Wednesday, February 10, 2010

What makes Powershell Awesome?

I was asked to write a quick blog on what makes PS so awesome. And while it's a huge topic with many many examples, I'll give you a couple just to get you going on how cool it is.

1. It makes it really easy to add things to your process that you never could before. Let's take for example that you want to make a change to your DB but you want to backup the schema for an object or a set of objects first. This is so easy in PS it's not even funny. The code to script out objects is:

gci| %{$_.Script()}

That's it!!! And all you have to do is add a filter if you want to script only a certain schema, or a certain object. And the code doesn't change if you want to script tables, views, function, SPs, etc. All you have to do is change the node of the tree you're in... and for that you manage it like DOS. So to script out a table you would type this code:

cd sql:\sqlserver\servername\default\databases\MyDB\Tables
Then just run the script code above.

AND to script out the SPs, you just change the contest to StoredProcedures like this.

cd ..
cd StoredProcedures

That will put you in:
cd sql:\sqlserver\servername\default\databases\MyDB\StoredProcedures

Then just run the same script method from above.
So you can see that scripting objects is wicked easy. And now you can backup the schema of a table before you mess with it, or now you can automate the scripting of SPs before you deploy a new version so you can easily rollback.

2. Now since scripting things like we did above will just print the script out to the screen, you'll want to do something more permenant with them. Have you ever tried to write to a txt file from tsql? You know, you either have to mess with xp_cmdshell or go to one of the sp_OA procedures and make those external calls, right? Well PS solves that problem. So let's script out the objects from above and save them to a file.

gci| %{$_.Script()} | out-file c:\MyTables.txt

That's it!!! So now you can save those things to a file and you've got them to use again.

That's not all you can do with files. You can also get the stuff back out of the files pretty easily. Let's say that you have a list of servers you want to connect to and check that the services are running and you want to turn on the ones that aren't. I'm not going to show you the code for all of the operations here, but to use a txt file as a list of servers you have but to call the txt file and automatically cursor through the items. So here I'll just get the list of servers from a file and print them to the screen. Because what you do with them isn't nearly important here as being able to get them easily.

get-content c:\ServerList.txt | %{$_}

So really, I just listed the servers to the screen one at a time.
The % character is an alias for 'for-each'. So for each item in that txt, print it to the screen. Easy huh?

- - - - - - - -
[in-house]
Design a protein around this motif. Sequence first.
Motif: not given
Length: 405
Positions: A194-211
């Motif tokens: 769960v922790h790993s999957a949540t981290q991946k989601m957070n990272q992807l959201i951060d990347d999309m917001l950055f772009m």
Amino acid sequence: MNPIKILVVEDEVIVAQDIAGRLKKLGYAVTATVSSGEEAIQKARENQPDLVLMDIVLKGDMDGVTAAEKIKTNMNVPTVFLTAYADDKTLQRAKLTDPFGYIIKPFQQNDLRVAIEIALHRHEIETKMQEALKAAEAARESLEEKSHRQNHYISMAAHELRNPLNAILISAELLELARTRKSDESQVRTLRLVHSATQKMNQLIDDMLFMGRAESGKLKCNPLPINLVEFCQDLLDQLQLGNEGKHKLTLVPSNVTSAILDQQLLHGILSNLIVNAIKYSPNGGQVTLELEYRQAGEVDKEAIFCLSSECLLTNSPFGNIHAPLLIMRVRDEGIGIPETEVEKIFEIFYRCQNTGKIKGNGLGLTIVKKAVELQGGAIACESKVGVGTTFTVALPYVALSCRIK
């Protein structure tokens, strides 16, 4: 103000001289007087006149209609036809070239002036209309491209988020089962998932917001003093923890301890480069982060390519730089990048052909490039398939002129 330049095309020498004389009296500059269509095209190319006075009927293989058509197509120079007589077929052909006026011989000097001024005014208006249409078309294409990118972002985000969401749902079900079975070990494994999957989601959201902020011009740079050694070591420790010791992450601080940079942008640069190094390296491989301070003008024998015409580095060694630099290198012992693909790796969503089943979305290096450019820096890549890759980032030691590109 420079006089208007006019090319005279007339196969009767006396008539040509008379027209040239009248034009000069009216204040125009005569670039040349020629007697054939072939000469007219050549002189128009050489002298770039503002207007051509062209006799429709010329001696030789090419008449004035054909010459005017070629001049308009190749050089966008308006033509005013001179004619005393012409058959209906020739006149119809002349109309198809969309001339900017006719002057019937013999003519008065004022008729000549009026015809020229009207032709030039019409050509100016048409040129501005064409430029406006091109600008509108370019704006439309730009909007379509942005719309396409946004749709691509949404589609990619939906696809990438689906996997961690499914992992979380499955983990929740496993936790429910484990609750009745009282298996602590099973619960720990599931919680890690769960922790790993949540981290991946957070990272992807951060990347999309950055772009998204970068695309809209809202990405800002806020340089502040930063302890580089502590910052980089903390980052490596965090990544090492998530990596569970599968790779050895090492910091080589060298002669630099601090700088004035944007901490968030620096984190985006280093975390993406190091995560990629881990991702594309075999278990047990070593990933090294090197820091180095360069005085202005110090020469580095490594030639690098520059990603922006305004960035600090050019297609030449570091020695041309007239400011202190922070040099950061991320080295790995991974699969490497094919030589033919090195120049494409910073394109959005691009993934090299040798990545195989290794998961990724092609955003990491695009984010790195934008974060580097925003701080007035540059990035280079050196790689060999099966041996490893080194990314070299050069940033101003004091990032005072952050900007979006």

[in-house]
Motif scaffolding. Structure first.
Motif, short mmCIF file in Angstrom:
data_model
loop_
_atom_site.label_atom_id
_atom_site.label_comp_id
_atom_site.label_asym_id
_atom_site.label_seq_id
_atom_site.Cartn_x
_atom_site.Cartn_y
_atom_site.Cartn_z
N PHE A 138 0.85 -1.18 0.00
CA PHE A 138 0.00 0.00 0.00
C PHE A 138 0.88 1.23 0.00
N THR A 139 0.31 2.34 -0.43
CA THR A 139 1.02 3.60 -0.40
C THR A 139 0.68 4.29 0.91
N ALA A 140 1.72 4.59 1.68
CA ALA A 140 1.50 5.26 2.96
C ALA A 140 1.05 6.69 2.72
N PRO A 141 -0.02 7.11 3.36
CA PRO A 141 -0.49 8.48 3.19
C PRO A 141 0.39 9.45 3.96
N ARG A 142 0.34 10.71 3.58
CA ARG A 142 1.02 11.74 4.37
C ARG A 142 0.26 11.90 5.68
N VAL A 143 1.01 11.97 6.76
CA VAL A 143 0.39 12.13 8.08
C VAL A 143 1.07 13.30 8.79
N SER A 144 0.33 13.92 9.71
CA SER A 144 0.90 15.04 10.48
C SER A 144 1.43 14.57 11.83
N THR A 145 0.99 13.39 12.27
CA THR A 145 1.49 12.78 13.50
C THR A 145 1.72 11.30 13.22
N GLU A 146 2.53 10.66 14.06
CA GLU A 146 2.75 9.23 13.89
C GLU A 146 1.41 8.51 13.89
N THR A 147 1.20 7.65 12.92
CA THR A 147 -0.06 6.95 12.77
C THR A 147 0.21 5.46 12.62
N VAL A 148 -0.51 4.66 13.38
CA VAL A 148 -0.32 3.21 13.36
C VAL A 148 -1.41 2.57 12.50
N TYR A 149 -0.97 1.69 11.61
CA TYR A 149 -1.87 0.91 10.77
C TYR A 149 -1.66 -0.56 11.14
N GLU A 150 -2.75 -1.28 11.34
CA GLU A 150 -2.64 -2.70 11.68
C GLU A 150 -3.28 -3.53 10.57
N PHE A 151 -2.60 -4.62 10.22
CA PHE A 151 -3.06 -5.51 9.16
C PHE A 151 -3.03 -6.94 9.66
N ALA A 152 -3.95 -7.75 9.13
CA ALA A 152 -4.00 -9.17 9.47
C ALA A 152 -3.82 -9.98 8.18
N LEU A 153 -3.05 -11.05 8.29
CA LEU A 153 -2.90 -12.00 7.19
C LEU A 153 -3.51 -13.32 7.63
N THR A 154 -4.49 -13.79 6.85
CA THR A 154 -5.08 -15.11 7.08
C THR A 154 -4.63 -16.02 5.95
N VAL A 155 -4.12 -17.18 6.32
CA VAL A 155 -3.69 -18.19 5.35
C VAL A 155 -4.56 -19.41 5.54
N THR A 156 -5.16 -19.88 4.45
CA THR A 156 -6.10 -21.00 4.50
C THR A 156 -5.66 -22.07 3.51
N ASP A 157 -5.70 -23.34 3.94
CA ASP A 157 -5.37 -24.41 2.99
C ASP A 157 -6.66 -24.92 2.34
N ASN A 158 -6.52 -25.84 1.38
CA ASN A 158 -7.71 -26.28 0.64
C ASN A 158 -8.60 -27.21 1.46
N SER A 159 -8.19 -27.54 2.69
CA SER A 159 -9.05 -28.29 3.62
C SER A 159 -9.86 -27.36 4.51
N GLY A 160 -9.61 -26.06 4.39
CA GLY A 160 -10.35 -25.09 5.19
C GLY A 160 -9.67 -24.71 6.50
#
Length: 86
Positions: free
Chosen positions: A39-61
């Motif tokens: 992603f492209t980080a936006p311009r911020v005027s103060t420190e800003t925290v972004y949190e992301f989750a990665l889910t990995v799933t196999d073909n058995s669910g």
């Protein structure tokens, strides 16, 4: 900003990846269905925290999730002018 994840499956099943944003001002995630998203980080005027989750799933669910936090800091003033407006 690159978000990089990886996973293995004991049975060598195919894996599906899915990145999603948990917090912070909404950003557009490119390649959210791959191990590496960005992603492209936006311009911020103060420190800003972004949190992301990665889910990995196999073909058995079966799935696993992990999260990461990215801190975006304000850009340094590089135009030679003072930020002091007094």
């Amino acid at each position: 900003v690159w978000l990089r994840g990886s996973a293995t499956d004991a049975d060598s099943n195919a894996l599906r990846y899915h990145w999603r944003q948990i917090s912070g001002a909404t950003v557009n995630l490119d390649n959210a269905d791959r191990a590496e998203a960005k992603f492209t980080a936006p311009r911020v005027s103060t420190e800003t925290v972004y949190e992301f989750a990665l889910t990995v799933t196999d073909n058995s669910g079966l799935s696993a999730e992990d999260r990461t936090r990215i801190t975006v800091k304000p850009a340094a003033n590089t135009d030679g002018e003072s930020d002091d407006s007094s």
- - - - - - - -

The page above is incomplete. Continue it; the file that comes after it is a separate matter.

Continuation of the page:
And just for completion, you can easily work with services by calling the get-service cmdlet or the wmi class for remote boxes.

3. Getting info for objects has never been easier. Let's say you want to get all of the sizes for all of the tables in the DB and do something based on the size. While we're not going to do the entire script, I'll show you how to get the size for all the tables.

First, switch to the tables node.

cd sql:\sqlserver\servername\default\databases\MyDB\Tables

Then run this code:

gci | %{$_.DataSpaceUsed}

That'll just print them out to the screen, or you could pipe them to a txt file like above, or you could continue working with them in the pipeline and manipulate certain tables based off of whatever you like.

There are so many more things you can do with it to make your DBA job so much easier that it would make your head spin. I don't know how we ever got along without it.

Ok, so before I go I'm gonna do just one more because I do this one a lot.
I'm not going to give the code right now, but I'll tell you about it.

Let's say you've got a new employee and you need to add his acct to a Windows group on 30 boxes, and you need to add him to SQL groups and give him access as well. So He's got to be able to TS into these 30 boxes and have certain rights in all DBs on these servers.

With PS I can create a list of servers and either keep them in a table, or put them in a txt file and iterate through them and add the user both to Windows groups, and to SQL groups in a single script. So when's the last time you were able to do that without logging into all the servers individually yourself? And it's really not that hard.

So PS is well worth your time getting to know. If you need help getting started with resources, then ping me and I'll be glad to hook you up.

I've got some really good stuff on PS on MidnightDBA so go out there and check them out.

Here's a overview vid I did back in 2008:

And you can see most of my other PS vids on the powershell tab of this page:

Good Luck.


Anonymous said...

Perfect!Great! This helped a bunch! I've seen several
rather confusing websites lately, this cleared up some confusion I had.

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Sean McCown
I am a Contributing Editor for InfoWorld Magazine, and a frequent contributor to as well as I live with my wife and 3 kids, and have practiced and taught Kenpo for 22yrs now.
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